Cohousing-Charlotte.com Message Board › Note from Oct 19th
Meetup on October 19th at Muggs Coffee in Charlotte 3:00-4:30
Attending: Amy, Linda, Dhiajana, Ryan, Marlene, Roger, Chris, Tamera, Lorriane, Joan, Verney, Jessica, and Cate
Roger told us about the land and his co-housing vision. He has owned 26 acres off Robinson Church Rd. for 30 years. The property is adjacent to Charles T. Meyers Golf Course and a wildlife preserve, 10 minutes from the University.
Reed Creek Tributary #2 is one of two creeks on the property, along with a lake. He has developed much of the property into a Japanese Garden, walking trails and arbors. He would like these gardens to be maintained by the co-housing community in perpetuity. The property has access to city water and sewer and natural gas and electricity, however, most if not all electrical needs will be supplied by solar panels.
Because of the layout of the land and zoning requirements, Roger invisions 2 villages of 33 units each. One for seniors would be 4 or 5 stories high with balconies. The second, across a walking bridge, will be single, duplex, triplex or more homes for multigenerational families.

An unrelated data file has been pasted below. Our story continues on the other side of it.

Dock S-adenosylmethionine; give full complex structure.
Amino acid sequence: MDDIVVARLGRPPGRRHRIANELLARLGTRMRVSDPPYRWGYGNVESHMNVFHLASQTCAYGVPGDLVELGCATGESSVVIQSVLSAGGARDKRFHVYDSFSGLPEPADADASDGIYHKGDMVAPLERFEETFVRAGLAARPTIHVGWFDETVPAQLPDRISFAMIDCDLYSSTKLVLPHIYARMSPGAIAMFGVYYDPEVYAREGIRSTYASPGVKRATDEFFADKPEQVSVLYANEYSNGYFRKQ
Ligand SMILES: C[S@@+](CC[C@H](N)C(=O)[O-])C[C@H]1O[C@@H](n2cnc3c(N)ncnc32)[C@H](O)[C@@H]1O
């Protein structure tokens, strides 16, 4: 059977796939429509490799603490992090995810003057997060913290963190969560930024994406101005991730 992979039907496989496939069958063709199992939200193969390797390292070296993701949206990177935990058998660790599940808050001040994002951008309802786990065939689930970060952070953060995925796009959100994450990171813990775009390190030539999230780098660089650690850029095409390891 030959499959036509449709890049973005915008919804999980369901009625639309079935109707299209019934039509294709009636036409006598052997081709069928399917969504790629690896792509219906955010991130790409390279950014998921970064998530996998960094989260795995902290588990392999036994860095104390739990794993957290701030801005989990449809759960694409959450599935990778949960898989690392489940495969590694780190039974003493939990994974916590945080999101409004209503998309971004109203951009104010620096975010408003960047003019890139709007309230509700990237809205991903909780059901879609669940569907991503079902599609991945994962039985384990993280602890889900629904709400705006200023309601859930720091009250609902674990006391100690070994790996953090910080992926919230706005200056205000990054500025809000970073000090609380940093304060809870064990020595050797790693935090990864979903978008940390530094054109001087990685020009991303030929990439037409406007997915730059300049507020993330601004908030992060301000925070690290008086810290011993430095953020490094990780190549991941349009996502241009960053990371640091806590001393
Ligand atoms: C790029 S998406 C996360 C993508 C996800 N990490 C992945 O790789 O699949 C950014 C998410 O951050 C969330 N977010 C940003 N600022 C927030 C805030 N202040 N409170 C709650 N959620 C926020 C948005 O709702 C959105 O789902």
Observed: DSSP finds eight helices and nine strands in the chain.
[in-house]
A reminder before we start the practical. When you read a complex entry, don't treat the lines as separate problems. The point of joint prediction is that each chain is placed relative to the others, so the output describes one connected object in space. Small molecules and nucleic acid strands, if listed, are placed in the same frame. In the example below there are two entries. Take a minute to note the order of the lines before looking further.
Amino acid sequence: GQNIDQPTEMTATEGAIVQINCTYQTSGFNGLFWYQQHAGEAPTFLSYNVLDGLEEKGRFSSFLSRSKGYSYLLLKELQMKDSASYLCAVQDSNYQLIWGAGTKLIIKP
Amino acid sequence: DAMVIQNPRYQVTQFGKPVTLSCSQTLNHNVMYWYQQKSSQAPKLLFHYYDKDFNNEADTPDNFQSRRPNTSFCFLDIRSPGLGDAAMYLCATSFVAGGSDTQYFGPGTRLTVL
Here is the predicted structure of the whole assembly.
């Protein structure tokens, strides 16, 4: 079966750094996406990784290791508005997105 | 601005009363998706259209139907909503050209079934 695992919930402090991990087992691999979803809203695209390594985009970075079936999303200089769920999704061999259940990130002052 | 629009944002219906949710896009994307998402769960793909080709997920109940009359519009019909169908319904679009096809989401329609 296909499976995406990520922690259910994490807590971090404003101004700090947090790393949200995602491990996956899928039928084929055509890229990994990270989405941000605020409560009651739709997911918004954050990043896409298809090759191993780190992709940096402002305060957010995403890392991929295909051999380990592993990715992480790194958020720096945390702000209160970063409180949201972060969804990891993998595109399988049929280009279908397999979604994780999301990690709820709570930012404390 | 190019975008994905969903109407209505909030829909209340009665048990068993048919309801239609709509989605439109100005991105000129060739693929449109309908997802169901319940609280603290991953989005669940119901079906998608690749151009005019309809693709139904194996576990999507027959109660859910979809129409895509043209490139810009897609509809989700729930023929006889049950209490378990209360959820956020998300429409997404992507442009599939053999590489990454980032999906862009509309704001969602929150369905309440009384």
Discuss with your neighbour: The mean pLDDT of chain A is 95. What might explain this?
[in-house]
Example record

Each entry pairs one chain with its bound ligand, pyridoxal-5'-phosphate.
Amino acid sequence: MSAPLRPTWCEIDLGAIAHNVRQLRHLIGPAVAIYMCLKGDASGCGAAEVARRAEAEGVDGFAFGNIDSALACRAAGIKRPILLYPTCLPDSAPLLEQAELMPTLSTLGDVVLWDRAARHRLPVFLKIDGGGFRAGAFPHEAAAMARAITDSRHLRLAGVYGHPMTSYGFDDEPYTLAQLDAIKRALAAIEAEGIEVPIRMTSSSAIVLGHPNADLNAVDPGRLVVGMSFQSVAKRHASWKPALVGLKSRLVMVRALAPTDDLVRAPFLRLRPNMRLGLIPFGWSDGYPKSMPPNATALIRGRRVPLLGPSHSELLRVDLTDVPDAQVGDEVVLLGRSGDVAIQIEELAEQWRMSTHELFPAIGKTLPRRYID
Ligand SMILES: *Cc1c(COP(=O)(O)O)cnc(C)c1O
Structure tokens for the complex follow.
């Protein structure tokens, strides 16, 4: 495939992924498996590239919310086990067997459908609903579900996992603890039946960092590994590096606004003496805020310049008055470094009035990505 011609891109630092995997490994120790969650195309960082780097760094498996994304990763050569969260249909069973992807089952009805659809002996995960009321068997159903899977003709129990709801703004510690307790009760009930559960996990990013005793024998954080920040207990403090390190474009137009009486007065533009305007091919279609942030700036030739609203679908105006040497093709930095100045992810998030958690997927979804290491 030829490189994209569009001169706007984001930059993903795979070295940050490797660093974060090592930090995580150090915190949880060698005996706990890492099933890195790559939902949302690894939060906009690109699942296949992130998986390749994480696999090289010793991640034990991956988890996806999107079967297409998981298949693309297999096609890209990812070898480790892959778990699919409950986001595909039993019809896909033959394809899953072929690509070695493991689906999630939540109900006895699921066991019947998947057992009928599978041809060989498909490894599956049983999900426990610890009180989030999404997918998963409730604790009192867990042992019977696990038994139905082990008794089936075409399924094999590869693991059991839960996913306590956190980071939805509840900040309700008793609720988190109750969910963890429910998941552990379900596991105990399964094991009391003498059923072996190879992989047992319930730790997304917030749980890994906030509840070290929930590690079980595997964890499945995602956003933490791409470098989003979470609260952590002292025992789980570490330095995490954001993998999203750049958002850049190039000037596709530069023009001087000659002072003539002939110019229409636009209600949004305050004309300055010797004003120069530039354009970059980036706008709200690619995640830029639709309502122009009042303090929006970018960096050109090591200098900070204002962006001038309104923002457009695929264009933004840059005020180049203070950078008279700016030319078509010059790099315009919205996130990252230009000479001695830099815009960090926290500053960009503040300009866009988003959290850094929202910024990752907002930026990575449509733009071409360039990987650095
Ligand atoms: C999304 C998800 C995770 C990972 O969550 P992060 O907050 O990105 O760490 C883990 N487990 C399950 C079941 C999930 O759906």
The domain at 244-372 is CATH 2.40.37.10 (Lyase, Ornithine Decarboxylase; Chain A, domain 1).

He has hired a lawyer to draw up LLC legal ownership papers (the co-housing community will buy the land from Roger), and he suggests the community establish a co-op so that each family can purchase shares in the co-op equal to the price of their dwelling plus their share of purchasing the common property. If a family wishes to sell their shares, they get the sale price but the community approves the buyer.
Roger has also hired an architect (Joe Monaco) to draw plans in the Frank Lloyd Wright style. Roger has designed the common building. It is a two story (5,000 sq ft. with elevator) spacious public building with expandable rooms, commercial kitchen, outdoor patio suitable as a venue for weddings and other private parties.
Initial estimates for a one bedroom senior unit is $187,000, and for a three room unit $250,000. In addition to this, there will be a monthly maintenance fee to include property taxes.
Roger estimates that if the community agrees to the vision he has been working on, the development could be move in ready in 2 years. If the community wants to develop consensus around a different vision, the process typically takes 5 years.
Notes taken by Cate Vaughan